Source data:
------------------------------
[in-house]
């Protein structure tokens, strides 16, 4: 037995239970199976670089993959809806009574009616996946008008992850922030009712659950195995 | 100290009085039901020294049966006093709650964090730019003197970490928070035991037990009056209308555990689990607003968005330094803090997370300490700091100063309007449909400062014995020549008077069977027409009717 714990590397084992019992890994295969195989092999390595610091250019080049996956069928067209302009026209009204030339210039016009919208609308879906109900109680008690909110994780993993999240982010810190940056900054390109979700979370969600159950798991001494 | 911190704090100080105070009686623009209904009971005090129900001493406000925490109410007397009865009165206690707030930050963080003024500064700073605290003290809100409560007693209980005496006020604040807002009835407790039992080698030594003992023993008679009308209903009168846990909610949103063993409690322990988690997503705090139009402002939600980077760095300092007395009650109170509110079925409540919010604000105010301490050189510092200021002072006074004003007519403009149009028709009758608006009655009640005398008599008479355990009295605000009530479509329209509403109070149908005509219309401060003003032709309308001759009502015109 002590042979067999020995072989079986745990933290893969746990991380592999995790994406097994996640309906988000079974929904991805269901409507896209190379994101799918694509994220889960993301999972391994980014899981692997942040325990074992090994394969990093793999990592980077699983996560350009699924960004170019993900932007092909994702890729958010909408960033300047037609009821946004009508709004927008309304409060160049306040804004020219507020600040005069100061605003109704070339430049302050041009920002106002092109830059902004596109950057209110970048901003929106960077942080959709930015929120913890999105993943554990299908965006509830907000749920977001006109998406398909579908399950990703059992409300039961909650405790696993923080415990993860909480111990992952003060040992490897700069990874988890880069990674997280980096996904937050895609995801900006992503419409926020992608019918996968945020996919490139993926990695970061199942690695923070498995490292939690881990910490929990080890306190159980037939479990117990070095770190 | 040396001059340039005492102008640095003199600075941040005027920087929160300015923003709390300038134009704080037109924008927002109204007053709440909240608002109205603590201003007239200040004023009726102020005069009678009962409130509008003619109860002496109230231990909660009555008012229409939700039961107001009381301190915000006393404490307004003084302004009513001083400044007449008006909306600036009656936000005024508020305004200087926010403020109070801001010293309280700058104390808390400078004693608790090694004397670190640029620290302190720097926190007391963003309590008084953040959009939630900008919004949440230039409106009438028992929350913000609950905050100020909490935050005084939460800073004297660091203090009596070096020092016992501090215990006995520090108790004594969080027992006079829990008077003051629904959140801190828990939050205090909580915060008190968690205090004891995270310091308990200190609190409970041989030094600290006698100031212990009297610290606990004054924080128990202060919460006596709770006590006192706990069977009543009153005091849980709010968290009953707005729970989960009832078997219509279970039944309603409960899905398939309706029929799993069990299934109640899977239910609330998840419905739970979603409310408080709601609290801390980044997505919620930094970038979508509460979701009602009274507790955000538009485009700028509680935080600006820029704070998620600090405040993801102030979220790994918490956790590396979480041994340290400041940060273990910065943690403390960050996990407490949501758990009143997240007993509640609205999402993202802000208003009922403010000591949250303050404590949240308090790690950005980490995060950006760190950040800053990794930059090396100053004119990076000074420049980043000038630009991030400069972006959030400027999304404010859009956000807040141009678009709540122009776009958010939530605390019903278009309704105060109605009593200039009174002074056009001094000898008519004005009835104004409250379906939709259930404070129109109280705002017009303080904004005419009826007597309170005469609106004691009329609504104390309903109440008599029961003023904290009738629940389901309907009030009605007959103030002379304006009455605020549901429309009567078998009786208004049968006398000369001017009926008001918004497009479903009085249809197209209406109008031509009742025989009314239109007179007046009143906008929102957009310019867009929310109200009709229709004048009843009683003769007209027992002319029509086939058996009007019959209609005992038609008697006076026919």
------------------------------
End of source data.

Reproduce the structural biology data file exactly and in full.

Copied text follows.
[in-house]
């Protein structure tokens, strides 16, 4: 037995239970199976670089993959809806009574009616996946008008992850922030009712659950195995 | 100290009085039901020294049966006093709650964090730019003197970490928070035991037990009056209308555990689990607003968005330094803090997370300490700091100063309007449909400062014995020549008077069977027409009717 714990590397084992019992890994295969195989092999390595610091250019080049996956069928067209302009026209009204030339210039016009919208609308879906109900109680008690909110994780993993999240982010810190940056900054390109979700979370969600159950798991001494 | 911190704090100080105070009686623009209904009971005090129900001493406000925490109410007397009865009165206690707030930050963080003024500064700073605290003290809100409560007693209980005496006020604040807002009835407790039992080698030594003992023993008679009308209903009168846990909610949103063993409690322990988690997503705090139009402002939600980077760095300092007395009650109170509110079925409540919010604000105010301490050189510092200021002072006074004003007519403009149009028709009758608006009655009640005398008599008479355990009295605000009530479509329209509403109070149908005509219309401060003003032709309308001759009502015109 002590042979067999020995072989079986745990933290893969746990991380592999995790994406097994996640309906988000079974929904991805269901409507896209190379994101799918694509994220889960993301999972391994980014899981692997942040325990074992090994394969990093793999990592980077699983996560350009699924960004170019993900932007092909994702890729958010909408960033300047037609009821946004009508709004927008309304409060160049306040804004020219507020600040005069100061605003109704070339430049302050041009920002106002092109830059902004596109950057209110970048901003929106960077942080959709930015929120913890999105993943554990299908965006509830907000749920977001006109998406398909579908399950990703059992409300039961909650405790696993923080415990993860909480111990992952003060040992490897700069990874988890880069990674997280980096996904937050895609995801900006992503419409926020992608019918996968945020996919490139993926990695970061199942690695923070498995490292939690881990910490929990080890306190159980037939479990117990070095770190 | 040396001059340039005492102008640095003199600075941040005027920087929160300015923003709390300038134009704080037109924008927002109204007053709440909240608002109205603590201003007239200040004023009726102020005069009678009962409130509008003619109860002496109230231990909660009555008012229409939700039961107001009381301190915000006393404490307004003084302004009513001083400044007449008006909306600036009656936000005024508020305004200087926010403020109070801001010293309280700058104390808390400078004693608790090694004397670190640029620290302190720097926190007391963003309590008084953040959009939630900008919004949440230039409106009438028992929350913000609950905050100020909490935050005084939460800073004297660091203090009596070096020092016992501090215990006995520090108790004594969080027992006079829990008077003051629904959140801190828990939050205090909580915060008190968690205090004891995270310091308990200190609190409970041989030094600290006698100031212990009297610290606990004054924080128990202060919460006596709770006590006192706990069977009543009153005091849980709010968290009953707005729970989960009832078997219509279970039944309603409960899905398939309706029929799993069990299934109640899977239910609330998840419905739970979603409310408080709601609290801390980044997505919620930094970038979508509460979701009602009274507790955000538009485009700028509680935080600006820029704070998620600090405040993801102030979220790994918490956790590396979480041994340290400041940060273990910065943690403390960050996990407490949501758990009143997240007993509640609205999402993202802000208003009922403010000591949250303050404590949240308090790690950005980490995060950006760190950040800053990794930059090396100053004119990076000074420049980043000038630009991030400069972006959030400027999304404010859009956000807040141009678009709540122009776009958010939530605390019903278009309704105060109605009593200039009174002074056009001094000898008519004005009835104004409250379906939709259930404070129109109280705002017009303080904004005419009826007597309170005469609106004691009329609504104390309903109440008599029961003023904290009738629940389901309907009030009605007959103030002379304006009455605020549901429309009567078998009786208004049968006398000369001017009926008001918004497009479903009085249809197209209406109008031509009742025989009314239109007179007046009143906008929102957009310019867009929310109200009709229709004048009843009683003769007209027992002319029509086939058996009007019959209609005992038609008697006076026919």